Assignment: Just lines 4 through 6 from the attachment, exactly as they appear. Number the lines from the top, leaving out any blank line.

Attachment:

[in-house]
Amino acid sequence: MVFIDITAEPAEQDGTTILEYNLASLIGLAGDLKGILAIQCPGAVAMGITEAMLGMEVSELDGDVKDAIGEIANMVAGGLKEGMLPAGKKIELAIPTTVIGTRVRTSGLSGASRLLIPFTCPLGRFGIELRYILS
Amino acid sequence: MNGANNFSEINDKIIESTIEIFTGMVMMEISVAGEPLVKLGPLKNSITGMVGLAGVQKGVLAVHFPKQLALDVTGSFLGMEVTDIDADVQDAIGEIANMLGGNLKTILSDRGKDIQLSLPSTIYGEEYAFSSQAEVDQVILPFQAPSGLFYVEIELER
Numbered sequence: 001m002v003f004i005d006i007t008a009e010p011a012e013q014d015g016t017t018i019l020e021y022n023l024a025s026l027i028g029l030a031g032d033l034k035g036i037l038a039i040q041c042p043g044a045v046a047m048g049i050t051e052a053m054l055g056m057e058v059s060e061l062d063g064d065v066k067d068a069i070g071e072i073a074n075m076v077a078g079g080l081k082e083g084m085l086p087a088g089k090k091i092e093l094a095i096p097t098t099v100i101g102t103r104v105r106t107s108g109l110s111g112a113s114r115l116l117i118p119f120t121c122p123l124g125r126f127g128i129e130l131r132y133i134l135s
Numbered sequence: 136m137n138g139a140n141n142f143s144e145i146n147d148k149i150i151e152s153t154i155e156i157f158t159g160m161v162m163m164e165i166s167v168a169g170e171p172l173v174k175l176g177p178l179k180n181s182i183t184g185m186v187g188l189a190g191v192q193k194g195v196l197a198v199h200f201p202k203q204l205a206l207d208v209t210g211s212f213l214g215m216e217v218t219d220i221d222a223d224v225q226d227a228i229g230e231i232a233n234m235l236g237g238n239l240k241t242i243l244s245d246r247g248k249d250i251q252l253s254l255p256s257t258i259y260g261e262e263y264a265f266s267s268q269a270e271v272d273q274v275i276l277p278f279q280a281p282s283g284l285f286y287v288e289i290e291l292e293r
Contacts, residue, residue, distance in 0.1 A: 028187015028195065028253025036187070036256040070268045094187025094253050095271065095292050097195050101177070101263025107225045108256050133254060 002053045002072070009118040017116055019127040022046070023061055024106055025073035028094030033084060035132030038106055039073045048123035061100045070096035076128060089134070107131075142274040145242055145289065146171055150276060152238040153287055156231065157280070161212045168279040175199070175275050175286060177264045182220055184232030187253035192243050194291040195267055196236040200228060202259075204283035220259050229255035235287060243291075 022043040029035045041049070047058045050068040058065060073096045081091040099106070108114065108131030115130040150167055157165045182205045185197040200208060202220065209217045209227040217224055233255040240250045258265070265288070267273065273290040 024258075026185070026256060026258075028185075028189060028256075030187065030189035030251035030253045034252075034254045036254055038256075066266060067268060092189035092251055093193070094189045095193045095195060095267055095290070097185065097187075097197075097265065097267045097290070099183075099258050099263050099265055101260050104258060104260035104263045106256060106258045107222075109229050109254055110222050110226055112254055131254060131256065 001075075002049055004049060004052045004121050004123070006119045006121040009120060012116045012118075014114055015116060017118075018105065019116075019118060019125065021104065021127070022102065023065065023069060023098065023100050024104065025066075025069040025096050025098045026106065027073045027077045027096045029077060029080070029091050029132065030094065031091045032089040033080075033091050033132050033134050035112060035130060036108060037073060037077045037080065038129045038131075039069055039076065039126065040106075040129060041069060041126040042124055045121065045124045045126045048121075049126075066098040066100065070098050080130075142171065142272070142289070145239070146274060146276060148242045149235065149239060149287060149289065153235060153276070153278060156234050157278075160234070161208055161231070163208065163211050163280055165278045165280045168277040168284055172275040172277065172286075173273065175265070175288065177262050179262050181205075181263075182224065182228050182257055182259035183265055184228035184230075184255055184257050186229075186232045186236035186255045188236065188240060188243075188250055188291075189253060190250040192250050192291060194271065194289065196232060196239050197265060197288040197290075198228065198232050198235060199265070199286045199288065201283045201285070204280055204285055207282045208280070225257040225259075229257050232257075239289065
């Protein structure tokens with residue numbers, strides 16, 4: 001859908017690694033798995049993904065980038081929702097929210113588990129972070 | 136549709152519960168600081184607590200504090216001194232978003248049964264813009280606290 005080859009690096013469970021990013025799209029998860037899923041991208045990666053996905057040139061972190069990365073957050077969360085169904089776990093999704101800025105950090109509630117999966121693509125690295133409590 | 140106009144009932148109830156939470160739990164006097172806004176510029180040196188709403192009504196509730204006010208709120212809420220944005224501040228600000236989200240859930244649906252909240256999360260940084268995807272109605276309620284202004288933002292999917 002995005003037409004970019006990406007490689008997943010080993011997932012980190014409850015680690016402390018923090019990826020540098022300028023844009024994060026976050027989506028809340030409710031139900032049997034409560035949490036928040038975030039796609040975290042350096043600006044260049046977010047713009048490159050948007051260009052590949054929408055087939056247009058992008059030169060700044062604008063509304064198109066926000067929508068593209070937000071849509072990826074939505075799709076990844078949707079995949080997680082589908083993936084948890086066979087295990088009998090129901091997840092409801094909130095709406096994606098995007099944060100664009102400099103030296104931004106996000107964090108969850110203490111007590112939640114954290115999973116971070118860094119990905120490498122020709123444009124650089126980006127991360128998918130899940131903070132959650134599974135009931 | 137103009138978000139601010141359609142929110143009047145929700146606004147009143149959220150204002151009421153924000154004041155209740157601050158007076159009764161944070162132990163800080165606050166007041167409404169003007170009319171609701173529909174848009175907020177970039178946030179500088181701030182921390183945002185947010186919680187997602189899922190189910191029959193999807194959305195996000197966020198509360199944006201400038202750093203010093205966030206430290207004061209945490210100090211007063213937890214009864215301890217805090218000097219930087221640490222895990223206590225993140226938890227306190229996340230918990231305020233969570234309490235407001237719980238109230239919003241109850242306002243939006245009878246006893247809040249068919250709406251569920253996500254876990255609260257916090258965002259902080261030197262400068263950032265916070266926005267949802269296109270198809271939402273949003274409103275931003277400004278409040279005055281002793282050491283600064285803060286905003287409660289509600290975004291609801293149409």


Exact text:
Numbered sequence: 001m002v003f004i005d006i007t008a009e010p011a012e013q014d015g016t017t018i019l020e021y022n023l024a025s026l027i028g029l030a031g032d033l034k035g036i037l038a039i040q041c042p043g044a045v046a047m048g049i050t051e052a053m054l055g056m057e058v059s060e061l062d063g064d065v066k067d068a069i070g071e072i073a074n075m076v077a078g079g080l081k082e083g084m085l086p087a088g089k090k091i092e093l094a095i096p097t098t099v100i101g102t103r104v105r106t107s108g109l110s111g112a113s114r115l116l117i118p119f120t121c122p123l124g125r126f127g128i129e130l131r132y133i134l135s
Numbered sequence: 136m137n138g139a140n141n142f143s144e145i146n147d148k149i150i151e152s153t154i155e156i157f158t159g160m161v162m163m164e165i166s167v168a169g170e171p172l173v174k175l176g177p178l179k180n181s182i183t184g185m186v187g188l189a190g191v192q193k194g195v196l197a198v199h200f201p202k203q204l205a206l207d208v209t210g211s212f213l214g215m216e217v218t219d220i221d222a223d224v225q226d227a228i229g230e231i232a233n234m235l236g237g238n239l240k241t242i243l244s245d246r247g248k249d250i251q252l253s254l255p256s257t258i259y260g261e262e263y264a265f266s267s268q269a270e271v272d273q274v275i276l277p278f279q280a281p282s283g284l285f286y287v288e289i290e291l292e293r
Contacts, residue, residue, distance in 0.1 A: 028187015028195065028253025036187070036256040070268045094187025094253050095271065095292050097195050101177070101263025107225045108256050133254060 002053045002072070009118040017116055019127040022046070023061055024106055025073035028094030033084060035132030038106055039073045048123035061100045070096035076128060089134070107131075142274040145242055145289065146171055150276060152238040153287055156231065157280070161212045168279040175199070175275050175286060177264045182220055184232030187253035192243050194291040195267055196236040200228060202259075204283035220259050229255035235287060243291075 022043040029035045041049070047058045050068040058065060073096045081091040099106070108114065108131030115130040150167055157165045182205045185197040200208060202220065209217045209227040217224055233255040240250045258265070265288070267273065273290040 024258075026185070026256060026258075028185075028189060028256075030187065030189035030251035030253045034252075034254045036254055038256075066266060067268060092189035092251055093193070094189045095193045095195060095267055095290070097185065097187075097197075097265065097267045097290070099183075099258050099263050099265055101260050104258060104260035104263045106256060106258045107222075109229050109254055110222050110226055112254055131254060131256065 001075075002049055004049060004052045004121050004123070006119045006121040009120060012116045012118075014114055015116060017118075018105065019116075019118060019125065021104065021127070022102065023065065023069060023098065023100050024104065025066075025069040025096050025098045026106065027073045027077045027096045029077060029080070029091050029132065030094065031091045032089040033080075033091050033132050033134050035112060035130060036108060037073060037077045037080065038129045038131075039069055039076065039126065040106075040129060041069060041126040042124055045121065045124045045126045048121075049126075066098040066100065070098050080130075142171065142272070142289070145239070146274060146276060148242045149235065149239060149287060149289065153235060153276070153278060156234050157278075160234070161208055161231070163208065163211050163280055165278045165280045168277040168284055172275040172277065172286075173273065175265070175288065177262050179262050181205075181263075182224065182228050182257055182259035183265055184228035184230075184255055184257050186229075186232045186236035186255045188236065188240060188243075188250055188291075189253060190250040192250050192291060194271065194289065196232060196239050197265060197288040197290075198228065198232050198235060199265070199286045199288065201283045201285070204280055204285055207282045208280070225257040225259075229257050232257075239289065